Brand Name As Catch Phrase

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Catch Phrases Round 5

Over the last month I’ve talked about Catch phrases as Slogans, Taglines and Hooks. Each of them strive to make your company, product or service more memorable, differentiate it from the competition and give prospects a reason to buy.

What if your name was a catch phrase?

What if just saying your company, product or service name could trigger those positive attributes? What if the name you chose resonates with your ideal client or customer? What if you could rise to the top of your category just by mentioning the name?

It has been done. This kind of pragmatic name can help reduce marketing costs by explaining your offer or value right in the name. Here, in no order, are some examples across multiple categories:

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Diehard was introduced in 1967 after years of research and millions of dollars in development. It was and is America’s most innovative automotive battery — tested, proven and guaranteed to deliver across any circumstance.

What do you a call a language school in Cali, Columbia teaching English to small groups of Spanish speaking business executives:

Google apparently the name started as a joke about the amount of information the search engine could search, or a googol of information. (A googol is the number 1 followed by 100 zeros.) When founders Larry Page and Sergey Brin gave a presentation to an angel investor, they received a check made out to “Google.”

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This organization went through multiple names, several rounds of investment, buyouts, and management shifts that make “Game of Thrones” look like a stroll in the park to become the most ubiquitous payment platform in the world.

Founded in 1997 in California, this company began as a subscription-based provider of DVDs by mail. Today, with 148 Million paid subscribers from around the world, their primary business is streaming films and TV programs including some produced in-house. There is an apocryphal story that the founder decided to start Netflix after being fined $40 at a Blockbuster store for being late to return a copy of “Apollo 13.”

The name is a combination of the words “Net” from Internet and “Flix” is a shortened version of the word flicks – a synonym for movie.

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This example demonstrates the power of analogy and, if you follow trademark legal actions, how to end a high in the cannabis market. It hails from near Cincinnati, Ohio where I grew up, is privately held and was first sold to consumers in 1997.

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I nearly overlooked this example. When you stop in just about daily you tend to not see the logo. Anytime Fitness is a franchise health and fitness club founded in 2002 and headquartered in Woodbury, Minnesota. Each of their gym facilities are open 24 hours a day, 365 days out of the year.

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Before Apple resolved to call it ‘iPhone’, it considered ‘iPad’, ‘Telepod’, ‘Mobi’, and ‘Tripod’. Of course, iPad ended up being the name for Apple’s tablet PC, According to Ken Segall Advertisng lead at the time, “Apple considered calling the device ‘Telepod’ because it sounded like a futuristic twist to the word ‘telephone’.” ‘Mobi’ – a shortened version of the word ‘mobile’ was also considered.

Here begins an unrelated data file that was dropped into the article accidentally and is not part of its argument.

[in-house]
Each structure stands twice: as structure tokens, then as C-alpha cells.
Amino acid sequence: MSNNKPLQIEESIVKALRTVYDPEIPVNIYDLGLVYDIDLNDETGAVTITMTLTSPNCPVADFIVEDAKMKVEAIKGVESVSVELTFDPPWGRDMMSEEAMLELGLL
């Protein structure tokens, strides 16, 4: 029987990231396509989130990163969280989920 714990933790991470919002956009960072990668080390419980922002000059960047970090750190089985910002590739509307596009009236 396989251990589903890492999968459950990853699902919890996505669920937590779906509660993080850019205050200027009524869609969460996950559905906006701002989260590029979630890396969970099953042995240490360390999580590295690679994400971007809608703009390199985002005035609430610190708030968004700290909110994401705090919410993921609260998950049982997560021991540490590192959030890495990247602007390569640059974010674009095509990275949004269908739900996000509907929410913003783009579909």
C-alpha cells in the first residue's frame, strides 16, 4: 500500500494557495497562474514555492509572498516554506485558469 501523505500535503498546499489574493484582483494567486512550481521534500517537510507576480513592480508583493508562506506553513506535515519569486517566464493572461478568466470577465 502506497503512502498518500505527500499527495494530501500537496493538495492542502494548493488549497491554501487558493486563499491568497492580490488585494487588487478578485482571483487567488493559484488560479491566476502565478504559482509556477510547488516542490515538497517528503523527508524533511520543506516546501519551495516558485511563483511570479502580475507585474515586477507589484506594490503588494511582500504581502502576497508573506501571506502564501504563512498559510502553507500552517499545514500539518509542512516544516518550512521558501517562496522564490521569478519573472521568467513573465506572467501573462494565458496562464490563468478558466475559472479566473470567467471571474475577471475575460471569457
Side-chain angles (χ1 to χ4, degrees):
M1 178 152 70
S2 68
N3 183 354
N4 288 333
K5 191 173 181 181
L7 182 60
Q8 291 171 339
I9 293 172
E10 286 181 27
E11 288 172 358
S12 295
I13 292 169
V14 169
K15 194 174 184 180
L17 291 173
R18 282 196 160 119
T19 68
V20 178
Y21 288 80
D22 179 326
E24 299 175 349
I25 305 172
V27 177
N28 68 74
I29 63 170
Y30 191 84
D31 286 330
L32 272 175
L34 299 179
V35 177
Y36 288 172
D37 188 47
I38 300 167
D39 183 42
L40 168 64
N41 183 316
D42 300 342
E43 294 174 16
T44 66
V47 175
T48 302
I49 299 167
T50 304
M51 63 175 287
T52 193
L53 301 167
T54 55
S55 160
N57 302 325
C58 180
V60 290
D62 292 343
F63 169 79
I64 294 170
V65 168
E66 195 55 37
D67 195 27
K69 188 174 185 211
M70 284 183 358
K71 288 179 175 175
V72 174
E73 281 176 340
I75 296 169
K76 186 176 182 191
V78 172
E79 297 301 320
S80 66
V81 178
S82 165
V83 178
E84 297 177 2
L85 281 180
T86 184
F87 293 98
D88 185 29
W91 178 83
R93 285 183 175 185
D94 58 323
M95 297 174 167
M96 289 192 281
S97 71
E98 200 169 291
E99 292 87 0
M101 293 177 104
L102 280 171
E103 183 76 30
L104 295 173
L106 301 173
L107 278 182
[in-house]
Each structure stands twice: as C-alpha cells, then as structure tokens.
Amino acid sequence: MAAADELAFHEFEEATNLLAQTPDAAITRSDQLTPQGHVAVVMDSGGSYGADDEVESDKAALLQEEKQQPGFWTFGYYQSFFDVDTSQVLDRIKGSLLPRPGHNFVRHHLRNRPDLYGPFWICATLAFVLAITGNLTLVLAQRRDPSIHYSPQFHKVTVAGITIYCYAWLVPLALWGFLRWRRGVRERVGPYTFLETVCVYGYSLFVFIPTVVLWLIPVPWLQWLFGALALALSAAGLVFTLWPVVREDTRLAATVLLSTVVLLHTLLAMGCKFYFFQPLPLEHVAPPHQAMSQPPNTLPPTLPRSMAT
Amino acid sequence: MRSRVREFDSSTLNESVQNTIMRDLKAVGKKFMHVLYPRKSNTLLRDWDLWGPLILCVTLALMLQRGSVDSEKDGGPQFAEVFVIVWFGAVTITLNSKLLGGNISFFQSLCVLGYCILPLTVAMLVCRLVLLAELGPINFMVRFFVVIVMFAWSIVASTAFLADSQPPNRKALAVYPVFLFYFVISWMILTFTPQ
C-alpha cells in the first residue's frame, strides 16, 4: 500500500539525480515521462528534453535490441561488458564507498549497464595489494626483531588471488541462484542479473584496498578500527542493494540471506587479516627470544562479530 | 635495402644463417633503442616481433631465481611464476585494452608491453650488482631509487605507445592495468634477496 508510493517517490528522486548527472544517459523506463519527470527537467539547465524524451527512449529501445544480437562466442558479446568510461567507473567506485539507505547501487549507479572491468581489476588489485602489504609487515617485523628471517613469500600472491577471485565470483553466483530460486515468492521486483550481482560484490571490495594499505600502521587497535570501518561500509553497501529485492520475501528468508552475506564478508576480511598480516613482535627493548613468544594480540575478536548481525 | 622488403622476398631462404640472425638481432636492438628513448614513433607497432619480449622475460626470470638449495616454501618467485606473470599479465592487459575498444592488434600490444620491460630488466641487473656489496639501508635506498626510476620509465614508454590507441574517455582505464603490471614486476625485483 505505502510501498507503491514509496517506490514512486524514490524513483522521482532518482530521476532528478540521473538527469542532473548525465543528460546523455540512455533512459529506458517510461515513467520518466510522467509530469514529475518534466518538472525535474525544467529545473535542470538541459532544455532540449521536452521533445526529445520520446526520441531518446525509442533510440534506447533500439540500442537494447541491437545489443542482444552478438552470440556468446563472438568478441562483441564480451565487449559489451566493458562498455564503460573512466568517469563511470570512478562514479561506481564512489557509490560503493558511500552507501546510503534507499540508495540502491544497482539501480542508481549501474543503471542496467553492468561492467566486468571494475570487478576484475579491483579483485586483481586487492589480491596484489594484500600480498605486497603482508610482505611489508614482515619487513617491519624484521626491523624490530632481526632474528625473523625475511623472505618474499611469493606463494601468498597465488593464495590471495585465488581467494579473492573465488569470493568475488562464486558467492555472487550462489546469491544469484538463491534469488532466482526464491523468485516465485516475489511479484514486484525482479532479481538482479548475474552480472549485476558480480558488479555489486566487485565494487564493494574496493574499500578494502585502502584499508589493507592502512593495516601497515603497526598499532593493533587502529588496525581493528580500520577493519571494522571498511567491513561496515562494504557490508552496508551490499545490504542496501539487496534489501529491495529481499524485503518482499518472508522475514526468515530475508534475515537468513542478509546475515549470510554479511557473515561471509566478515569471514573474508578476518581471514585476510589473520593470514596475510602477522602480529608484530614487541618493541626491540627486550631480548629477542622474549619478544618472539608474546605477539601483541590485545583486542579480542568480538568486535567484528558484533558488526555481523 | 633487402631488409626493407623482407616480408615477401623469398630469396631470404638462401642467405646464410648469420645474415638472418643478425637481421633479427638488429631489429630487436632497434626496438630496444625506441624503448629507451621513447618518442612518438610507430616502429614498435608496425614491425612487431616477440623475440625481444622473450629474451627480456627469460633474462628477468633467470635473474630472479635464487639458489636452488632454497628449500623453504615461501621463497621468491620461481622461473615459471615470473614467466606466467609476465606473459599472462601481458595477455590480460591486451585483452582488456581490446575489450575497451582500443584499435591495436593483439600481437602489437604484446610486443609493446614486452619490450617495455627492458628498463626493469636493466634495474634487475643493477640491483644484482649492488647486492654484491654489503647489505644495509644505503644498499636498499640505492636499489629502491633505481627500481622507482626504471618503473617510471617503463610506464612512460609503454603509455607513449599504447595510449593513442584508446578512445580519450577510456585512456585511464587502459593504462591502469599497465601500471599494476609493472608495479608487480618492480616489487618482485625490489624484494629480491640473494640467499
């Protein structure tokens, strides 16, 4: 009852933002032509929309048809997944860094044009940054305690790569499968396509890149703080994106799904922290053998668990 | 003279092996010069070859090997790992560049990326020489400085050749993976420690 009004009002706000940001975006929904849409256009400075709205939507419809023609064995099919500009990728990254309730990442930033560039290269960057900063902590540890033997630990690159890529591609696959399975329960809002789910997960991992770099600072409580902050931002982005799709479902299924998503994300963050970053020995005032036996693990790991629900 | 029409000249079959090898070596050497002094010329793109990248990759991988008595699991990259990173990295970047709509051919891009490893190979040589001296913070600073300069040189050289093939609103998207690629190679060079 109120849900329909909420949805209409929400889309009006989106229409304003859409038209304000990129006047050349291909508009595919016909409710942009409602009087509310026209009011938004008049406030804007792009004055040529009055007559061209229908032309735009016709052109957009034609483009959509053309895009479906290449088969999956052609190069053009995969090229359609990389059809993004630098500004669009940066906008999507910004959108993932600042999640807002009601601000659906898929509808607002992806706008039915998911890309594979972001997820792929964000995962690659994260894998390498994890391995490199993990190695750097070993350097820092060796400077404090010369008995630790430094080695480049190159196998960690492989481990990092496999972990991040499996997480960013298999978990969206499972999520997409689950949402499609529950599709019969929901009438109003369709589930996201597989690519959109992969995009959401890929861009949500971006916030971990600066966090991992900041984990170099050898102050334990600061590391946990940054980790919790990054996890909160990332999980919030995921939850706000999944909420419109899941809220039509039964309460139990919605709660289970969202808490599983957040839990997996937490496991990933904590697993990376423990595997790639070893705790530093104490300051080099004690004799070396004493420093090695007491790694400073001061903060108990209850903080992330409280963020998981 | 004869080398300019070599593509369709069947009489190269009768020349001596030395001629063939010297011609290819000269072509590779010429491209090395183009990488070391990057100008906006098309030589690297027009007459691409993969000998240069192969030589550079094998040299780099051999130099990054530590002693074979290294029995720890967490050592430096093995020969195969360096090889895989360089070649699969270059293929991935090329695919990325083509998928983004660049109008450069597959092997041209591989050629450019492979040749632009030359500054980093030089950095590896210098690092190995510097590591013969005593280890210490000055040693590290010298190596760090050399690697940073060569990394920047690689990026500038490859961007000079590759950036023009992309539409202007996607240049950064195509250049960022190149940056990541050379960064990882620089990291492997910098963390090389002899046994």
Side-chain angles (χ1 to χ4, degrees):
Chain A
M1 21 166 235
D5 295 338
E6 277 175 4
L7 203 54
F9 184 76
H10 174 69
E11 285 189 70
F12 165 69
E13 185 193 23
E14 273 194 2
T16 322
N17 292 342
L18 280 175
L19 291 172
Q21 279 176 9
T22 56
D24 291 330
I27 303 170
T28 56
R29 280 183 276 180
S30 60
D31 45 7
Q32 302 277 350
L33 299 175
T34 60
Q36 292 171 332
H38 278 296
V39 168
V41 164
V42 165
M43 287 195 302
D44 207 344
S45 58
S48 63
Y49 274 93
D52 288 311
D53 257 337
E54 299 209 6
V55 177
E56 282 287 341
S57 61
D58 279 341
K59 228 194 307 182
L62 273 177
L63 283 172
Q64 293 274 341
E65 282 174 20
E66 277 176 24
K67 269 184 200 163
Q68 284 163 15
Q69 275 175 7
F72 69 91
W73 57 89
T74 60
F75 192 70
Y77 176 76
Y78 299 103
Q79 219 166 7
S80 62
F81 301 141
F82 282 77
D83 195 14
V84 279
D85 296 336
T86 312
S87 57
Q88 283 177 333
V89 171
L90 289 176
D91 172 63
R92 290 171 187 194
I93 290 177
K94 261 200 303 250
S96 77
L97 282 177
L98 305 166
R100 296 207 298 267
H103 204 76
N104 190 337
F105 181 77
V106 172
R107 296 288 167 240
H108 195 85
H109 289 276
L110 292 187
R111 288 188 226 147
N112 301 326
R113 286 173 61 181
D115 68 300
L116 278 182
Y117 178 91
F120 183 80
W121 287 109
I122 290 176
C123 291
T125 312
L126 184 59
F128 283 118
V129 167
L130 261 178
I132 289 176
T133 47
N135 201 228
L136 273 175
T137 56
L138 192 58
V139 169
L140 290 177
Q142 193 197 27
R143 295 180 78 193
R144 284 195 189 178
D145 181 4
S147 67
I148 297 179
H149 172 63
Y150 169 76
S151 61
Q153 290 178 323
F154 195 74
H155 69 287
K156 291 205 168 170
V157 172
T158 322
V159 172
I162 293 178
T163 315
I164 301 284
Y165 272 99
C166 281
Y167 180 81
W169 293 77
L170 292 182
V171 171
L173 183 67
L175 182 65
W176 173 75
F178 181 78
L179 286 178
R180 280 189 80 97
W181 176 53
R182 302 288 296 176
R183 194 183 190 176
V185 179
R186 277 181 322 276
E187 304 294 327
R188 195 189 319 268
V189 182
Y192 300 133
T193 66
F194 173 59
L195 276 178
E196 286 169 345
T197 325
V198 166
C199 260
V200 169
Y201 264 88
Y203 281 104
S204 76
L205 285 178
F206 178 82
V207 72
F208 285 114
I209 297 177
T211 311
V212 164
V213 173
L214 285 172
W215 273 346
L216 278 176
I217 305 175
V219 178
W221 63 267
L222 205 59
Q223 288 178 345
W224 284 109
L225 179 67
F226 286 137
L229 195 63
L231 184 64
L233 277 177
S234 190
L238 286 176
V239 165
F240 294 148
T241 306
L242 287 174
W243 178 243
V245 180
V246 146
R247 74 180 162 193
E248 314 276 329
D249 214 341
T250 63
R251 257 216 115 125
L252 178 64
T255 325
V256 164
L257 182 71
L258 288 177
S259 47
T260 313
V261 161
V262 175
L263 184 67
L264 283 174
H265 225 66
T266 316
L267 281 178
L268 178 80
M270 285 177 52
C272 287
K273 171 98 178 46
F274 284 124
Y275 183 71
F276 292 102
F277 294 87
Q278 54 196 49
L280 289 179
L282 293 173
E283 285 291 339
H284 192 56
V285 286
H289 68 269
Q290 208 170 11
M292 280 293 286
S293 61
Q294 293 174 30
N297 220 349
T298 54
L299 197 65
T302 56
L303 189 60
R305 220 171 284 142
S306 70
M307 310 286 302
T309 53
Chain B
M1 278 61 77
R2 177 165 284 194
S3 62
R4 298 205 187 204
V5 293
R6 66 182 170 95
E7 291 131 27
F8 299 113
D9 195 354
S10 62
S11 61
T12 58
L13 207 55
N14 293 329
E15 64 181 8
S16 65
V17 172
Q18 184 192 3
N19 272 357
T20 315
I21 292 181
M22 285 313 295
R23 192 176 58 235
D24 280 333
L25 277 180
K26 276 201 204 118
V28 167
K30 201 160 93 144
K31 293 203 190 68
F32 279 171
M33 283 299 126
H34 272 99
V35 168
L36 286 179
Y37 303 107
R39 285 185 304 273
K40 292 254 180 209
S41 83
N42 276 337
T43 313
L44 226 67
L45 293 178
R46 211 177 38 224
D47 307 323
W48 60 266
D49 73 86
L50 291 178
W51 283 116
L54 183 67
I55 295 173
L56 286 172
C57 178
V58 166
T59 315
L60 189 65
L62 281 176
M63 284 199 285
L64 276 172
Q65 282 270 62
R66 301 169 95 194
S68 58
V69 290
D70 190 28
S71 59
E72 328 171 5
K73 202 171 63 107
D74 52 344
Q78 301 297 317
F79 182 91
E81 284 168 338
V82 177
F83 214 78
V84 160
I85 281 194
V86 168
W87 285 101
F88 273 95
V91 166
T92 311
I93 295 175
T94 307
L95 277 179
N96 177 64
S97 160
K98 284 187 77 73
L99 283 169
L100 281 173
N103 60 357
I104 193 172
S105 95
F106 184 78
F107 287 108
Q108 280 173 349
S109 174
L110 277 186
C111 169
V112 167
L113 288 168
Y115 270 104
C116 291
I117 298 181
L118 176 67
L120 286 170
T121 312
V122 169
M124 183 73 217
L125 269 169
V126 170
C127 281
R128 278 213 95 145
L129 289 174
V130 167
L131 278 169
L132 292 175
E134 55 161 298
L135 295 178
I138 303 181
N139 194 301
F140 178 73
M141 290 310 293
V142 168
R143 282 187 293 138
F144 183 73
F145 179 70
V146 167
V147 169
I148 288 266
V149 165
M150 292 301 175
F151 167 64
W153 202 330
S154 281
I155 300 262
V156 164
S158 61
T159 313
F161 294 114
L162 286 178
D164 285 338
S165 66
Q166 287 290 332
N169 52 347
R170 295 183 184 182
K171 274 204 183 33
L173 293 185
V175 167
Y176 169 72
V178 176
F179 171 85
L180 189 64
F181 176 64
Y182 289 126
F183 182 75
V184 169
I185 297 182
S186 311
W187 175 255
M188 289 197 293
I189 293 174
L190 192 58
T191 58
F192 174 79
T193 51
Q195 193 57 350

The name ‘Tripod’ “did not win out but it did make a big impact on Apple’s original presentation and marketing for the iPhone. ‘Tripod’ stems from the iPhone being a combination phone + iPad + Internet communications device.”

You can name your company, product or service in a catchy way. Stay tuned as you begin to determine if supporters and potential buyers learn about it. Dial in to:

  • Words that describe the benefit
  • What investors call it
  • What clicks with users
  • How foreshortening and combining words get the point across
  • The understandable analogy
  • The power of a simple description
  • Keeping it simple

And so it goes


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Jerry Fletcher is a sought-after International Speaker, a beBee ambassador, founder and Grand Poobah of www.BrandBrainTrust.com 

His consulting practice, founded in 1990, is known for Trust-based Brand development, Positioning and business development for independent professionals on and off-line.

Consulting: www.JerryFletcher.com
Speaking: www.NetworkingNinja.com
DIY Training: www.ingomu.com

Building Your Brand Catch Phrase

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Catch Phrases Round 4

To establish your brand, to build your business, you gotta be memorable. If people can’t remember your name or the business name they won’t buy. The best way to generate awareness varies by type of business, the number of employees and available promotional budget:

  • Solopreneurs, particularly independent professionals like consultants, and coaches must find away to become known on little or no budget. Usually, they establish themselves through networking and direct sales. Even when you get past 6 figures in income the promotional budget may be limited. The most successful tend to use 30-Second marketing techniques (whether I’ve trained them or not) to present themselves with a Hook.